Page images
PDF
EPUB

prophetess, to teach and to seduce tribulation, except they repent my servants to commit fornica-l of their deeds. tion, and to eat things sacrificed 23 And I will kill her chilunto idols.

dren with death; and all the 21 And I gave her space to churches shall know that I am repent of her fornication, and he which searcheth the reins she repented not.

and hearts: and I will give 22 Behold, I will cast her unto every one of you accordinto a bed, and them that com- ing to your works. mit adultery with her into great

24 But unto you

I
say,

and church, the first among the duties being coupled as it is with eating impressed upon them seems to have " things sacrificed unto idols.” been, that they should abstain from 21. She repented not.

She was for. meats offered to idols;" Acts xv. 20, borne with, but she reformed not her 29. This prohibition was not given, life ; and she deserved, therefore, seprobably, because the church sup- vere punishment. posed the food was in itself rendered 22. Will cast her into a bed. - A injurious, but because the reception bed of affliction is intended, as the and constant use of it would lessen parallellism shows, to wit, “into the horror of idolatry, which all the great tribulation.” The style of the holy men of old had sedulously sought metaphor is kept up. Fornication to preserve in God's people. The was used metaphorically for heathenhope of redeeming the world from ish practices, and casting into a bed idolatry was vested in them. Every is put for being thrown into great barrier, therefore, to the ingress of tribulation. Nothing would save her that species of false religion was kept from this but a thorough reformation up. The influence of the Gentiles, at of life. their admission into the church, was 23. And I will kill her children with feared on these accounts. They were death. – Children seems here put for required, therefore, as a matter of followers. To kill with death is a great importance, that they should Hebraism, signifying utter, thorough not eat the food that had been con- death. Her name shall rot; her fol. nected with idolatrous sacrifices; see lowers shall die; and her punishment Acts xxi. 25. Paul did not regard shall be so signal and remarkable the eating of this food as vicious in that “all the churches shall know itself, but the influence of it was deci. that I am he which searcheth the dedly bad ; see the whole eighth chap- reins and hearts; and I will give ter of the 1st Epistle to the Corin- unto every one of you according to thians; see also same Epis. x. 19, your works.” Such was to be her 28. The influence of Jezebel, then, fate. | According to her rorks. was decidedly heathenish. The for- This is the principle on which divine nication mentioned was perhaps that retribution is inflicted, as we shall which was metaphorically so called ; take occasion to show in another for when the Jews worshipped the place, if our limits will allow ; see, idols of the heathen, they were said for our present purpose, Psa. Ixii. 12, to go a whoring after other gods; Jer. I. 29; Hos. xii. 2; Matt. xvi. 27; Exod. xxxiv. 15, 16; Lev. xx. 5, 6; Rom. ii. 6; 2 Cor. xi. 15; Rev. xx. Deut. xxxi. 16 ; Psa. Ixxiii. 27; Ezek. 12. Thus we see that the principle vi. 9. We are inclined to think this referred to is recognized both in the is the sense in which fornication is to Old Testament and the New. be understood in the case before us, 24. This doctrine. — Viz., the doc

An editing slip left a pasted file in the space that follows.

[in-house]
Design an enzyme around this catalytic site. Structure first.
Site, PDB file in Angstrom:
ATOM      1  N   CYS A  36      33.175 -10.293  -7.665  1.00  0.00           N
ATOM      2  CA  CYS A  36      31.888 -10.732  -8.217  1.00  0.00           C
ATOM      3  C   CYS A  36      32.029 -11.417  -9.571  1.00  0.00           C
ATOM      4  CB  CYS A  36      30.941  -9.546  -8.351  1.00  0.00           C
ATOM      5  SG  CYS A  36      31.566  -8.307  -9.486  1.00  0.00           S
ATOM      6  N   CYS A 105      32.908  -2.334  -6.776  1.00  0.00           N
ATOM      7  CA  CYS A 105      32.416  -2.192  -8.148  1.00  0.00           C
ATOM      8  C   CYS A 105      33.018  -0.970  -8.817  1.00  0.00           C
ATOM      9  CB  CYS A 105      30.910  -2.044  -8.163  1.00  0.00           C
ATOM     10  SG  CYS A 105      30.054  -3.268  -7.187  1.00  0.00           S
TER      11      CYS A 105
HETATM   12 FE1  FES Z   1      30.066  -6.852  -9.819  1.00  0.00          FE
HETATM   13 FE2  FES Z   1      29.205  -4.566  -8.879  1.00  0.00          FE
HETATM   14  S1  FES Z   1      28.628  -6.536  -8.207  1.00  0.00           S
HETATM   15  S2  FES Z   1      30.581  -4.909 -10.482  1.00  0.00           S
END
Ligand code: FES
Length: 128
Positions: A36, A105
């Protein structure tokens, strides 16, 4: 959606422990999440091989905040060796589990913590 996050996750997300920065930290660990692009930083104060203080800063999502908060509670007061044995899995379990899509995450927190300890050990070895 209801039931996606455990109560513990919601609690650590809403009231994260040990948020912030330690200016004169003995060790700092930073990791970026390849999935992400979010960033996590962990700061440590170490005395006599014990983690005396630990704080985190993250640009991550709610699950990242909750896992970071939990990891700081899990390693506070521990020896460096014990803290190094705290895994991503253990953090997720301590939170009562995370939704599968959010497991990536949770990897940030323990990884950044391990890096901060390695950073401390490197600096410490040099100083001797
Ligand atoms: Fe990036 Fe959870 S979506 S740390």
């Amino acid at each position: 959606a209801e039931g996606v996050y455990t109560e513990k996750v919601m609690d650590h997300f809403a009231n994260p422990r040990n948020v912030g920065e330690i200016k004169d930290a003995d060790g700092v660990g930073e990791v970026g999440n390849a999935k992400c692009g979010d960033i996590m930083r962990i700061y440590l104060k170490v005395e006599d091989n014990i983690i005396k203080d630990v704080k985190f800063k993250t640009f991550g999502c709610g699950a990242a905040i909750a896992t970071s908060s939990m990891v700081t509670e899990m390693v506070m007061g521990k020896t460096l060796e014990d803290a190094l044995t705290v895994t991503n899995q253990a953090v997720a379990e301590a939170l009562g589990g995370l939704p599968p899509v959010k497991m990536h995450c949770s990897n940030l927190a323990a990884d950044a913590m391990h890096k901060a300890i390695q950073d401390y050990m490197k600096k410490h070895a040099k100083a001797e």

unto the rest in Thyatira, As 26. And he that overcometh, many as have not this doctrine, and keepeth my works unto the and which have not known the end, to him will I give power depths of Satan, as they speak; over the nations : I will put upon you none other 27 (And he shall rule them burden :

with a rod of iron; as the ves25 But that which ye have sels of a potter shall they be already, hold fast till I come. broken to shivers :) even as I

matters.